Let’s face it, your geographical upbringing has been mentioned in just about every piece I’ve ever read about you and I’m not about to just gloss over it. But, I’m wondering, how deeply imbedded into the Muscle Shoals sound were you when you growing up? Did you go through rebellious teen years where you bought punk records, or grunge records, or death metal records or have you always had a collection full of soulful storytelling artists at your fingertips?

While I did listen to a great deal of the music made here from an early age, the greatest impact for me came when I actually got to know the people who made those records. I’m very close to many of the session guys, engineers, and producers that did all that great work, and their lives have influenced me even more than their music. Very good people, for the most part.. I’ve had some rebellious times, including but not limited to right now, but that never affected my ability to appreciate good music. I can get a kick out of Tom T. Hall and Siouxsie Sioux in the same day.

Can you tell me a little bit about where you live? What’s the neighborhood like? Do you hang out at block parties or drink on the front porches of any of your neighbors? Are there a lot of other musicians in the area? What about restaurants/bars/book stores/record stores in the area?

I live in an old house in downtown Florence, AL. I’m two blocks from the library, so I spend some time in there, and I play a great deal of pool. There’s this one bar in Sheffield, DP’s, where I spend most of my free time. I even thanked the bartenders on ‘Sirens.’ There are a lot of musician friends I hang out with, bands like Sons of Roswell and Lauderdale, and I’m thankful for the small community of weirdos we’ve cultivated. For food, I’d recommend Mexican. There’s a new place in Florence called El Mazatlan that’s great and very cheap. The only locally-owned record store we have is Pegasus Records, and it’s a good one. Lots of used vinyl.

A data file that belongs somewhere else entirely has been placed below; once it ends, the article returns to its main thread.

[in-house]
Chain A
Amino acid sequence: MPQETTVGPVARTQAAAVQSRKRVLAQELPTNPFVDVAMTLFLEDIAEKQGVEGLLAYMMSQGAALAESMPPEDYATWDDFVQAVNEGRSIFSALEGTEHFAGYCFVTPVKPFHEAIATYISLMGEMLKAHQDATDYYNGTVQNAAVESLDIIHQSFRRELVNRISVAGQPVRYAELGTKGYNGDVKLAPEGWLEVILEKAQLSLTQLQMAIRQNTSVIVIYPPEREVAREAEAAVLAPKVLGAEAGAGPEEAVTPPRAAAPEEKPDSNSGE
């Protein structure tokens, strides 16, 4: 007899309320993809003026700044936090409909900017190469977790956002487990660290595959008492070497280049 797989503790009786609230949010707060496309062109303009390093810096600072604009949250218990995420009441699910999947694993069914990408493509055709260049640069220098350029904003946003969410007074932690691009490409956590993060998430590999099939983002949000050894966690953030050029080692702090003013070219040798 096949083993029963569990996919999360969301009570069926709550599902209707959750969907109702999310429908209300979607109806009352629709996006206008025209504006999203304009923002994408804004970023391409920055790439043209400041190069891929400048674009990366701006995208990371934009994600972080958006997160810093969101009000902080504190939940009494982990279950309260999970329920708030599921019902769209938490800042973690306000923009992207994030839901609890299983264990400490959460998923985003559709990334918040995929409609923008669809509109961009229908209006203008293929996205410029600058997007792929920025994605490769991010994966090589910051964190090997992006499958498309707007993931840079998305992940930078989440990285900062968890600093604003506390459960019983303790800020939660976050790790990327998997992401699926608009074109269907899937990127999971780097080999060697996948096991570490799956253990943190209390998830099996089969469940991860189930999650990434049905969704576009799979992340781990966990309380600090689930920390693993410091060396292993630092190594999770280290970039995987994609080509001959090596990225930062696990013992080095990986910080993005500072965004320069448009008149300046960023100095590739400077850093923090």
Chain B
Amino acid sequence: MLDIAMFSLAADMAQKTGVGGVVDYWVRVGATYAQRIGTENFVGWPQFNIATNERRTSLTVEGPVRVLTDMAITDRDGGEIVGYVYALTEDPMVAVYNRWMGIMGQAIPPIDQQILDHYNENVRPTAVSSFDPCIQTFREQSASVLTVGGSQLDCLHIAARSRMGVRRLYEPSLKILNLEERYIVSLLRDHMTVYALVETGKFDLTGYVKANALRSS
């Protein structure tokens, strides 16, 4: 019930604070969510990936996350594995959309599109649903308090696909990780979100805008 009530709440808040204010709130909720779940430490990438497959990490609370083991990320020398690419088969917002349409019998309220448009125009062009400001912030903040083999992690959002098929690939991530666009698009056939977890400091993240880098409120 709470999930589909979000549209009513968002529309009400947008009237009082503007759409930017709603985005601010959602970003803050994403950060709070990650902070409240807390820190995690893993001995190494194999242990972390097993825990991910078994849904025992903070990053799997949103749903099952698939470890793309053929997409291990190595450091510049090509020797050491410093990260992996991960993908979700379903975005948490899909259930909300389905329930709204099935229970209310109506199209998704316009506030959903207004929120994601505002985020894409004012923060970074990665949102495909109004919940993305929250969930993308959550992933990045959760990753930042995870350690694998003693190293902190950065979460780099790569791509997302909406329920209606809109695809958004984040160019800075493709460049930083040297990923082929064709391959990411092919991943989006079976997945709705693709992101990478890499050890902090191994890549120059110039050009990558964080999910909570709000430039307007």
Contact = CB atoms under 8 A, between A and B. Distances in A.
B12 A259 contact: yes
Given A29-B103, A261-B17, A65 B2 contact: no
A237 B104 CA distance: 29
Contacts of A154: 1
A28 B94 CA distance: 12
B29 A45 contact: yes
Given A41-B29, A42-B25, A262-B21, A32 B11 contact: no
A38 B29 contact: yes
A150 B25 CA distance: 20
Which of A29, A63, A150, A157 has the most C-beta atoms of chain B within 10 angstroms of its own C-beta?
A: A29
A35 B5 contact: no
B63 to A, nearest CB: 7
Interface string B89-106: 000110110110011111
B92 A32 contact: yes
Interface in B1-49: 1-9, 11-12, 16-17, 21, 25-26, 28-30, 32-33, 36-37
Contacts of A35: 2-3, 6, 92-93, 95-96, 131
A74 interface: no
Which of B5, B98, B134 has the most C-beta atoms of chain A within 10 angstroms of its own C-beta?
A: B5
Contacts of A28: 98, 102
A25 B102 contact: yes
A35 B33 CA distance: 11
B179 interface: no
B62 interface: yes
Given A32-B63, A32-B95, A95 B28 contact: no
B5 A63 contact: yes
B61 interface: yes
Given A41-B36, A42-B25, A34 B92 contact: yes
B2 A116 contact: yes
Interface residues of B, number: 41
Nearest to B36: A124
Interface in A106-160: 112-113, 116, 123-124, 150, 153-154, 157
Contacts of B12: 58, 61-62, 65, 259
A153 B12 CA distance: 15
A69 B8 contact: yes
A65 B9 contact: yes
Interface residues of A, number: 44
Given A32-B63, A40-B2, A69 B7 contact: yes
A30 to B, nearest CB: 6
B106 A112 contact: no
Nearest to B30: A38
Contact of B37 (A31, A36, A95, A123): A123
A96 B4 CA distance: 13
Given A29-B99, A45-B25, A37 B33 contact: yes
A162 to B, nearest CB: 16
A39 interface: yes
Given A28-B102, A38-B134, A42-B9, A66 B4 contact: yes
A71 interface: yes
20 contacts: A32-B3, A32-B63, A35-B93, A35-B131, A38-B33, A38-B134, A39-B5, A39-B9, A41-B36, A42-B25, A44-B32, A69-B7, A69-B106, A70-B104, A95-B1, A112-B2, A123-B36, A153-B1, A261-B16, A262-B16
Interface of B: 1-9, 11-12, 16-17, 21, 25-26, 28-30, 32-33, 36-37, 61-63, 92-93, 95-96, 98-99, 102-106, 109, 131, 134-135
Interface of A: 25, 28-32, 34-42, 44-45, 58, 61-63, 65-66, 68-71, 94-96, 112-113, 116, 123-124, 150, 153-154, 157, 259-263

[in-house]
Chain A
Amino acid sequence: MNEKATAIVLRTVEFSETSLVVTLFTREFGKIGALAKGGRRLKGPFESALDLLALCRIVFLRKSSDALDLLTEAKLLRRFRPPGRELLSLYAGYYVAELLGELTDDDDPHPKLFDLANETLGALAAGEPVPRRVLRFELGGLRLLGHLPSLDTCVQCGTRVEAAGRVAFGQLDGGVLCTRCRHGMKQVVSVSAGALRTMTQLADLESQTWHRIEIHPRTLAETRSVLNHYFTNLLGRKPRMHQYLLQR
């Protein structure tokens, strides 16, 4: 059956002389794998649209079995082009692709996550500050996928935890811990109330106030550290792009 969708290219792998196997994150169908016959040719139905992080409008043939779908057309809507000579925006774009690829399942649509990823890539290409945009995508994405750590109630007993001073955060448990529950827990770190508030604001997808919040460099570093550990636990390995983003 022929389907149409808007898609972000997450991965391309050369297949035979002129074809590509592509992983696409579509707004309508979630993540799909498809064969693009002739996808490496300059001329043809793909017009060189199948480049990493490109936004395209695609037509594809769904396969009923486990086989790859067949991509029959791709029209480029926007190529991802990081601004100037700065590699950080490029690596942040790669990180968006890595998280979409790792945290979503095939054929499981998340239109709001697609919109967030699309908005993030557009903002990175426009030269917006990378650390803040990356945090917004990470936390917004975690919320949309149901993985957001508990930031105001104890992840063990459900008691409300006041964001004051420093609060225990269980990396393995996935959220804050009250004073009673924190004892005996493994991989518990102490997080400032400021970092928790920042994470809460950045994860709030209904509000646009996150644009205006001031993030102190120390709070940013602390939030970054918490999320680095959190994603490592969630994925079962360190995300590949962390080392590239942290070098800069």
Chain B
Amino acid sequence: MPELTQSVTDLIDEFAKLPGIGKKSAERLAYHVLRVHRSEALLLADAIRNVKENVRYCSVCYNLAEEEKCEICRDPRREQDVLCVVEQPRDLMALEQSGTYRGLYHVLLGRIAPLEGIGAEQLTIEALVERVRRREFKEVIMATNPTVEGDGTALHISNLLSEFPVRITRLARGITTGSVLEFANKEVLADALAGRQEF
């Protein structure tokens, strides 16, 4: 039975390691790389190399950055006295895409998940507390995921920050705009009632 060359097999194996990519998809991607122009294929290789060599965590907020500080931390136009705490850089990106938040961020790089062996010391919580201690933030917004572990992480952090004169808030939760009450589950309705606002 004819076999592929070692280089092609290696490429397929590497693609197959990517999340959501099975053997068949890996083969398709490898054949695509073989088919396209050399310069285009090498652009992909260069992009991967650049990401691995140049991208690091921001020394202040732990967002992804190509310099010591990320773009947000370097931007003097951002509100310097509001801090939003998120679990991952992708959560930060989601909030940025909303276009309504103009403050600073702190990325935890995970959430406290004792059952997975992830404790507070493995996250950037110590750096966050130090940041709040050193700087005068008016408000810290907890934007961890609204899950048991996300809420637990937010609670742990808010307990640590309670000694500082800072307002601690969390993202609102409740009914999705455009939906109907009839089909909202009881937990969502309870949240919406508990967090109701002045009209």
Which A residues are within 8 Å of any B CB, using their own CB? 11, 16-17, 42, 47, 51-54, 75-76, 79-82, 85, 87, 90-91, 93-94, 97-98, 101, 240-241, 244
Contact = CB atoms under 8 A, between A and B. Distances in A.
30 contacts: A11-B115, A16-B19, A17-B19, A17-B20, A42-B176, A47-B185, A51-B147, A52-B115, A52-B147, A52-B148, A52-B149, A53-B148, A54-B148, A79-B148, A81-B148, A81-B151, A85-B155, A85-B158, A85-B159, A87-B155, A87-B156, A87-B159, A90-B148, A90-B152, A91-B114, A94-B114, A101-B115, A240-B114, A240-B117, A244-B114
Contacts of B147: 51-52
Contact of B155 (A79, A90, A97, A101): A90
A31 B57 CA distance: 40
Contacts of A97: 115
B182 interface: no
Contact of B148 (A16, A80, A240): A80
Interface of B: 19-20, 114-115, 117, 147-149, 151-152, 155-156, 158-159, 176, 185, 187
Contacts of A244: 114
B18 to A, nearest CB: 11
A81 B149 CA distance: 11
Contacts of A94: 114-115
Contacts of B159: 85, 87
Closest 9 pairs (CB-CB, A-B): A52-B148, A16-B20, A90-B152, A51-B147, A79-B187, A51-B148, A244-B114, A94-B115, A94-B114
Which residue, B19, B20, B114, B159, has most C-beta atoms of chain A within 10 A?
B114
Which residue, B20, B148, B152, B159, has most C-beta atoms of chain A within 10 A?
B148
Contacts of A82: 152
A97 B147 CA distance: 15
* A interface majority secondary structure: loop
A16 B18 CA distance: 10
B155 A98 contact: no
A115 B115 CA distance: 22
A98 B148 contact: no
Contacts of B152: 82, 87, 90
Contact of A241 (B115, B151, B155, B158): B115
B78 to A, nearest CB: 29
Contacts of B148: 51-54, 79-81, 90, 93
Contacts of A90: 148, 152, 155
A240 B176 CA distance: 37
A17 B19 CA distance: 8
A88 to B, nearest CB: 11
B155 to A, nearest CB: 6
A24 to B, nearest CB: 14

Are you able to make a career out of making music or do you have to find part-time work when you’re not in touring mode?

No, I’m lucky enough that I don’t have to work outside of the band. I have waited tables, though, pushed buggies, loaded trucks in a fireworks factory, painted houses with my dad, and taught guitar, but that’s been many years ago. The fireworks factory was the worst. I accidentally brought a lit cigarette in there one day.

Can you tell me a bit about what a typical, non-touring evening is like for you?

I guess some of that was answered a couple questions ago, but I’m usually either reading or playing pool. I’m at the table 3 or 4 hours a day. I just finished the newest Salman Rushdie novel, and its very good. Not one of his sprawling best, but a good read. I don’t watch too much TV, but I like the Daily Show and I watch a lot of movies. The last really good one I saw was ‘Transsiberian’ with Ben Kingsley.

What kind of drinker are you? Do you go out for just a drink or two or do you go out to have a good time and stay until last call? What’s your drink of choice when you’re paying? And what’s your drink of choice when somebody else is picking up the bar tab?

Honestly, I drink a shit-ton, but never before dark. I usually drink Jack, no matter who’s paying, but I like some red wine on a slow night.

Do you ever pump money into a bar jukebox and, if so, are there any songs that you will ALWAYS play if you can find them on the jukebox?

I’ll always listen to Muddy Waters or any good old blues if I’m playing pool, especially for money. One reason I like DP’s so much is that they have Vic Chestnutt and Slobberbone in the iPod. That’s really strange for a North Alabama bar.

To wrap it all up – I watched Springsteen play the halftime show at the Super Bowl and while it seemed a bit hokey, it also seemed VERY Red, White and Blue and gave off a “proud to be an American” feel. Springsteen’s music gives me the same feeling as eating a hot dog at an afternoon weekend baseball game. With a deeper lineage of the heart of American music living in your backyard, what band or artist do you equate with the idea of being a red-blooded American?

Petty. I feel like he and his band have captured my experience in a way that almost no one else has. It all sounds so much simpler than it is, and it’s very American. I could listen to him all day, and sometimes do.